Our yard is replete with daffodils planted by the previous owners.  I may be sick of them by the end of spring, but for now, they are a bright splash over color in the dark greens and browns of the end of winter.


We have some bulbs sending up shoots of mysterious hues.  These are the bulbs my mom and I planted last fall, and I don't remember everything.  I look forward to the surprise.


The new trees and the old lilac bushes are also budding out, holding forth the promise that colorful days are ahead.

I've tackled the first plantings in our new garden after James tilled again.  So far, peas, spinach, and lettuce are tucked in the ground, while a myriad of other tasty treats still await.  Planting is a hit-and-miss type of activity, racing to plant while the baby naps, hoping to beat the weather and the tears.  We are due for snow and ice yet again on Saturday.  But today, well, today is a gift, and I think I made good use of it.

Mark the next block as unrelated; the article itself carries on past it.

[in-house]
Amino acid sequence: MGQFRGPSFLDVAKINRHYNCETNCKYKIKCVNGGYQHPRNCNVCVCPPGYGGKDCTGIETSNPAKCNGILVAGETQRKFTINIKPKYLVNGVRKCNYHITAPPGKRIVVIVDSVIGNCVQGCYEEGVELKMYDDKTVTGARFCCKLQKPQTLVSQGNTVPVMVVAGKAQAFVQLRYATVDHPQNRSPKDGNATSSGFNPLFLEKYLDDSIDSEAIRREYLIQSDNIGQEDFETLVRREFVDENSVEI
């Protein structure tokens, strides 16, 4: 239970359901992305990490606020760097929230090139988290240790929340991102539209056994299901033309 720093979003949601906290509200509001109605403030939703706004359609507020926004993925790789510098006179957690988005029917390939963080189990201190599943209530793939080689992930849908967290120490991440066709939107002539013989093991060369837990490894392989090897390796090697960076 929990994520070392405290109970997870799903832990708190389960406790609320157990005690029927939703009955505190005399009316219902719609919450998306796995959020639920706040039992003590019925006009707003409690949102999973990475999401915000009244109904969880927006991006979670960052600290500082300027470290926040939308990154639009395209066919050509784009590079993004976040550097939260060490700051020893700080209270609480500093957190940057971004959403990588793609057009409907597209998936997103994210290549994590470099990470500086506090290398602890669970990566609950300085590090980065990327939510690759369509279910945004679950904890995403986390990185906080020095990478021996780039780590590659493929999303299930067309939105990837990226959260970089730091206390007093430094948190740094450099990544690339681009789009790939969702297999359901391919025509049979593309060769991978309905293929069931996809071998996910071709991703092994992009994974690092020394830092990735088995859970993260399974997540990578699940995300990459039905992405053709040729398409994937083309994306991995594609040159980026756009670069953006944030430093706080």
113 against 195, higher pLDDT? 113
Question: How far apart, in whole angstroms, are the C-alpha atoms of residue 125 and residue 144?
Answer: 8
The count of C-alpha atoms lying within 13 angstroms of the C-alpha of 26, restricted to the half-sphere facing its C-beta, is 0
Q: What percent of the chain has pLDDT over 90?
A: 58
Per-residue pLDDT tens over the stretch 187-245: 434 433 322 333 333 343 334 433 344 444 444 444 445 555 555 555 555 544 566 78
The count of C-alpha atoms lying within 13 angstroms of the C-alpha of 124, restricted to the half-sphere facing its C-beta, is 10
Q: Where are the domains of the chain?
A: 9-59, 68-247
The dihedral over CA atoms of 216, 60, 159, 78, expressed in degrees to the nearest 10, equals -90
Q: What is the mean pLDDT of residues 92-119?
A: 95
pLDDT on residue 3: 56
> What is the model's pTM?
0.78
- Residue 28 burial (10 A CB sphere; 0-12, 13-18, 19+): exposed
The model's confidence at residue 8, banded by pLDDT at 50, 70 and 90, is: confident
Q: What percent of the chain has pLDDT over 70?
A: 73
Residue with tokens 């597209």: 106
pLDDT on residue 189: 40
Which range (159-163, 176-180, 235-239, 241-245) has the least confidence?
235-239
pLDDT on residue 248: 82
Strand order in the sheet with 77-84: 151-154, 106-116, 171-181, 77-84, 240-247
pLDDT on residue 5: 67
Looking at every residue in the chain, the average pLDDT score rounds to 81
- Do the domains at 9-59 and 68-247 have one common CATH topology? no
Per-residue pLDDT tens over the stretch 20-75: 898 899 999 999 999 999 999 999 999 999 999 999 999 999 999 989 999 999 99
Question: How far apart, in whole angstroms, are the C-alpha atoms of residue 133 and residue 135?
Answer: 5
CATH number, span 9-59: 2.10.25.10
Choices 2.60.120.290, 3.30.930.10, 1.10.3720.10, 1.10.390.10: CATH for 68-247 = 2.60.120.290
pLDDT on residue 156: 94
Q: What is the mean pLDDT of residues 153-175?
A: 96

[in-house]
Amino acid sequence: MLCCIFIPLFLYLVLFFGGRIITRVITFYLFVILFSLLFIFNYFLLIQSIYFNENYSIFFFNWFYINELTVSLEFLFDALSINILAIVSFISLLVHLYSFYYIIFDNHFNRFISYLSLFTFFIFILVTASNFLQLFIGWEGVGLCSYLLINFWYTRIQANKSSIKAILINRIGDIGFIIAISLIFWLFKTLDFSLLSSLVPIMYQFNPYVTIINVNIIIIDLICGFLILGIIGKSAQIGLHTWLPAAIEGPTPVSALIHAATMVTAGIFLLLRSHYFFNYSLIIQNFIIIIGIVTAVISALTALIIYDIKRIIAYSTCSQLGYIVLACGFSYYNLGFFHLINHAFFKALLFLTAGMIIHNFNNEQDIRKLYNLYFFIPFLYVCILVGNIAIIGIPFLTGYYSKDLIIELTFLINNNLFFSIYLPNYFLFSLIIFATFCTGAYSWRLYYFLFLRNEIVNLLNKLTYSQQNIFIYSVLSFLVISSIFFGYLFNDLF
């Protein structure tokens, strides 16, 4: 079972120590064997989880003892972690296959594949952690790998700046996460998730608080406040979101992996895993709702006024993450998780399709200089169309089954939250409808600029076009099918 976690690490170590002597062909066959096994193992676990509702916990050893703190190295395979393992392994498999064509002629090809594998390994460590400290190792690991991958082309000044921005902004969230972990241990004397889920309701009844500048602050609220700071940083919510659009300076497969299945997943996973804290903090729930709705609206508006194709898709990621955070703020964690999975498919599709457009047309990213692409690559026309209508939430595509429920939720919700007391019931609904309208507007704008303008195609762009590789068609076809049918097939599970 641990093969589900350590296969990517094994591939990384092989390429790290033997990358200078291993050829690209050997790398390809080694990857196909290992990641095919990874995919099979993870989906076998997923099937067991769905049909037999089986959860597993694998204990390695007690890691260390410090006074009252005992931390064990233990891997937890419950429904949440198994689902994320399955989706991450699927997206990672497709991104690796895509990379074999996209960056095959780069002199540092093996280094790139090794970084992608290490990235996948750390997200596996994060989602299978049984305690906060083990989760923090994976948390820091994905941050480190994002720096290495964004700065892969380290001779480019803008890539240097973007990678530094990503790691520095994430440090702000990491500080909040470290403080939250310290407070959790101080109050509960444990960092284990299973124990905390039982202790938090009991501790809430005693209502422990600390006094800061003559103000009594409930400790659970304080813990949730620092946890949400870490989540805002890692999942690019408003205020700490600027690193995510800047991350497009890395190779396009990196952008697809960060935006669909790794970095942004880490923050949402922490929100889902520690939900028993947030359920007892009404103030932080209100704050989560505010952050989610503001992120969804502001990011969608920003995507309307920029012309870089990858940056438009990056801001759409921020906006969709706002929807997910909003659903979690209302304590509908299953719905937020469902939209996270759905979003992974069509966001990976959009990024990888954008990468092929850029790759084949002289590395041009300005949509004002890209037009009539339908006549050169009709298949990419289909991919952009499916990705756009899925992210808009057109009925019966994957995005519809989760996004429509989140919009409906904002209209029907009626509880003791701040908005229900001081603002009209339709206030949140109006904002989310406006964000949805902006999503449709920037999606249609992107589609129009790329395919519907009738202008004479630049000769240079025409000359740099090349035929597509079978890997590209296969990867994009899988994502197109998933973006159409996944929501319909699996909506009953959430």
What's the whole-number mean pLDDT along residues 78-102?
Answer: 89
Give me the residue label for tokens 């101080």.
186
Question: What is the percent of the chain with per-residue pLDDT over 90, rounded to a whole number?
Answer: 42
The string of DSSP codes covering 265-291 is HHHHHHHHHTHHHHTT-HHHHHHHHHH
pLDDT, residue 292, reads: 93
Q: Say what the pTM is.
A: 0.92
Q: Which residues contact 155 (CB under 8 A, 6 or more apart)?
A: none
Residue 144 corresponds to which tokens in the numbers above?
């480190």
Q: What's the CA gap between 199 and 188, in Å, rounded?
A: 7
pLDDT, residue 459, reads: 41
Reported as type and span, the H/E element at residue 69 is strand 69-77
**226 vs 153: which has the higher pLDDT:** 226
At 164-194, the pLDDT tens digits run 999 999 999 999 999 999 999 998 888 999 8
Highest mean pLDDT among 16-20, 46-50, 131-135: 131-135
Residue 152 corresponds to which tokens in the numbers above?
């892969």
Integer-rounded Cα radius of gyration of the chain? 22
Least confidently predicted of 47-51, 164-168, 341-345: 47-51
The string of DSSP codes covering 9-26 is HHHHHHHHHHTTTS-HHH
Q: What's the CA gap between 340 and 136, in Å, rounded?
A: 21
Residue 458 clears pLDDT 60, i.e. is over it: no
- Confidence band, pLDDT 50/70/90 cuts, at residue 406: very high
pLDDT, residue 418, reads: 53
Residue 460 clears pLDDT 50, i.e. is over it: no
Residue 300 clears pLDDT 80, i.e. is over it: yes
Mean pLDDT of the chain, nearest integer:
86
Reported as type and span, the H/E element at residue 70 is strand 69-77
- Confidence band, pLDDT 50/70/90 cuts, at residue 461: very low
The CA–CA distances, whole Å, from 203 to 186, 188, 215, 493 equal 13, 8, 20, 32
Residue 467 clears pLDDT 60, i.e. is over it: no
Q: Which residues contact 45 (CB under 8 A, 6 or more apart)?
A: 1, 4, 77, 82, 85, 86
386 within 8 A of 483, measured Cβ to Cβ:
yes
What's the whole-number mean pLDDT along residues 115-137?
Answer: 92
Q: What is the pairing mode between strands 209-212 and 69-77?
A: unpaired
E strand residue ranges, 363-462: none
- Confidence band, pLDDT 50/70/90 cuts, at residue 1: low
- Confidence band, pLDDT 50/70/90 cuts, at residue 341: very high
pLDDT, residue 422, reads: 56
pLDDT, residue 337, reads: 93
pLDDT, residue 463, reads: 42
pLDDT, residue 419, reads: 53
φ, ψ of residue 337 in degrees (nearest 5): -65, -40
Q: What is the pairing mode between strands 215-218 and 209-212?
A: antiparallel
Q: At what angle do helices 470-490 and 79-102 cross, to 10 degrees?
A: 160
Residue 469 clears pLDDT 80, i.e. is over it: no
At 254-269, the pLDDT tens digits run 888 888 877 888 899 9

Inside, my seedlings look better than in previous years.  Even my peppers, thanks to a heat mat, sprouted and look healthy.  Some of my tomatoes are ready for thinning, and all the slender stems arcing towards the light are beautiful signs of new life.

Until next time, remember, this is not paradise.  It's Purgatory Ranch.

Saturday, March 9, 2013

Potato Planting Insanity


Our helpers dug too!
As we enter our fourth (can it really be the fourth?) year of planting potatoes at Purgatory Ranch, the situation has changed.  (Year 1, Year 2, and Year 3) Since James and I now live within miles of P.R., driving out is much less of a trial.  However, since we moved, all our potatoes that had been saved for seed were exposed to extreme heat this summer in the moving van, and they were a tangled, vine-y mess.  See what I mean?